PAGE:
Free Press Journal

Sebi notifies 12 entities as stock exchanges, creates 7 dept



New Delhi: With commodities derivatives regulation under its fold, Sebi has notified 12 commodity bourses and associations as stock exchanges and has also created seven departments for effectively regulating this market. The move follows merger of the Forward Market Commission (FMC) with Securities and Exchange Board of India (Sebi) with effect from September 28.

In a statement, Sebi said that 12 associations have been deemed to be recognised as stock exchanges. These bourses are Ace Derivatives and Commodity Exchange, Bombay Commodity Exchange, Multi Commodity Exchange of India, National Commodity and Derivatives Exchange, National Multi Commodity Exchange of India, Rajkot Commodity Exchange, Chamber Of Commerce and Spices and Oilseeds Exchange.

In addition, Universal Commodity Exchange, Cotton Association of India, India Pepper and Spice Trade Association and Indian Commodity Exchange have also become stock exchanges. To fulfil this additional responsibility of regulating the commodity derivatives market, Sebi has created additional seven departments like legal affairs, surveillance investigations and enforcement divisions.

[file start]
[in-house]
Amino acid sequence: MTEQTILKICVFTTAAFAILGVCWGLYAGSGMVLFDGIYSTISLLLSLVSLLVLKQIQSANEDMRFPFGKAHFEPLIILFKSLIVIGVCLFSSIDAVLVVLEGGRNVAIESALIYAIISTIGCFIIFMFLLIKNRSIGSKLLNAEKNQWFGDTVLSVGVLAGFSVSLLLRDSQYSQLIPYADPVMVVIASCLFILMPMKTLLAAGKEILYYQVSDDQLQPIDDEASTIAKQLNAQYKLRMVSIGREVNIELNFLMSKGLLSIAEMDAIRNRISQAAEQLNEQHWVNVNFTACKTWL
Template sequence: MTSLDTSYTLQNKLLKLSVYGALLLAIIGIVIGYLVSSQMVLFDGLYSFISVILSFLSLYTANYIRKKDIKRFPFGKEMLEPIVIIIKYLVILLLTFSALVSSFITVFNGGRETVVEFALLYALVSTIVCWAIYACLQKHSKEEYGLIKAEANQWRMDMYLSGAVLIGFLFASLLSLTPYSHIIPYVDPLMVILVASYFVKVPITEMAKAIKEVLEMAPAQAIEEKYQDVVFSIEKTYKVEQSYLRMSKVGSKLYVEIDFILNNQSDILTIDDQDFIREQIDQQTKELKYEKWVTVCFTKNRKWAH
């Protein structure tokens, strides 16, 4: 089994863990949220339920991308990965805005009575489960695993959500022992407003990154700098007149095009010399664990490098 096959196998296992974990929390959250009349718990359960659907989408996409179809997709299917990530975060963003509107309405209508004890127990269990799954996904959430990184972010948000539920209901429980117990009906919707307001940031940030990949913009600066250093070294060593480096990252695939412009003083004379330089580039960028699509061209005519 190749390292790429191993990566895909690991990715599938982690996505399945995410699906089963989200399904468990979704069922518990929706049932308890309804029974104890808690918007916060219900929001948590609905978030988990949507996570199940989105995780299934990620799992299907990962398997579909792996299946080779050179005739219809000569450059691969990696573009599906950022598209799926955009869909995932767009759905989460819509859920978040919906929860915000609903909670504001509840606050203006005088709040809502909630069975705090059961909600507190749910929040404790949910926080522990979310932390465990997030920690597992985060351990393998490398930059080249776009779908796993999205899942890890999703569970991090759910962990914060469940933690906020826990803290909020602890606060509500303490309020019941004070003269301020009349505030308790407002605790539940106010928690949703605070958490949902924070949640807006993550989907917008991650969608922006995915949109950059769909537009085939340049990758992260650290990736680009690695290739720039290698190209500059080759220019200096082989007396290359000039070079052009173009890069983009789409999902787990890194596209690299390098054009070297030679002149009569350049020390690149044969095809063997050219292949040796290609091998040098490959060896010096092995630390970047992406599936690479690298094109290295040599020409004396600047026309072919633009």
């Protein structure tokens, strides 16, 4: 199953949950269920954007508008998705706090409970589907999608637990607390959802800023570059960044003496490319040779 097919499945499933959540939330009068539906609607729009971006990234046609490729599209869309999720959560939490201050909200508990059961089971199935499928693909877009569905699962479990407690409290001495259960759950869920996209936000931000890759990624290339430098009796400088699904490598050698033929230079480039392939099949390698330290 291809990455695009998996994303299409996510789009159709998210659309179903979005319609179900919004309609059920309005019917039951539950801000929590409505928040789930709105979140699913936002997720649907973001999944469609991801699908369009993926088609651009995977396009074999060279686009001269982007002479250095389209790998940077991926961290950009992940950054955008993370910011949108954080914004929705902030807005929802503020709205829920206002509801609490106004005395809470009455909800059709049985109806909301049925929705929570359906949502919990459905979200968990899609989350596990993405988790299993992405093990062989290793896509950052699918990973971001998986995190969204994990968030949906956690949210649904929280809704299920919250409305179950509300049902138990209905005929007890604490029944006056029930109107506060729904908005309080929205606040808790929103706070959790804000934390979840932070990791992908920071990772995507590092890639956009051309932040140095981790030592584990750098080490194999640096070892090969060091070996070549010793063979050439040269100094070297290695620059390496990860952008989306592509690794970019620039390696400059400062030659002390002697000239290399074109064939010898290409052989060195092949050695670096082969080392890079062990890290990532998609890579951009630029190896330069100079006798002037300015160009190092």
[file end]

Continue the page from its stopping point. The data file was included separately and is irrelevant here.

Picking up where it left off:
Also, it has created departments for commodity derivatives market regulation, market intermediaries regulation and supervision and economic policy and analysis. In the first ever merger of two regulators, the over 60-year-old FMC was merged with the younger, but much bigger, capital markets watchdog Sebi to create a unified regulatory body.

The Securities and Exchange Board of India (Sebi) was set up in 1988 as a non-statutory body for regulating the securities markets, while it became an autonomous body in 1992 with fully-independent powers. FMC, on the other hand, has been regulating the commodities markets since 1953, but lack of powers has led to wild fluctuations and alleged irregularities remaining untamed in this market segment.

The commodities market has been known to be more prone to speculative activities compared to the better-regulated stock market, while illegal activities like ‘dabba trading’ have also been more frequent in this segment. Besides, the high-profile NSEL scam that rocked this market in the recent past, and the subsequent regulatory and government interventions in this case eventually led to the government announcing FMC’s merger with Sebi.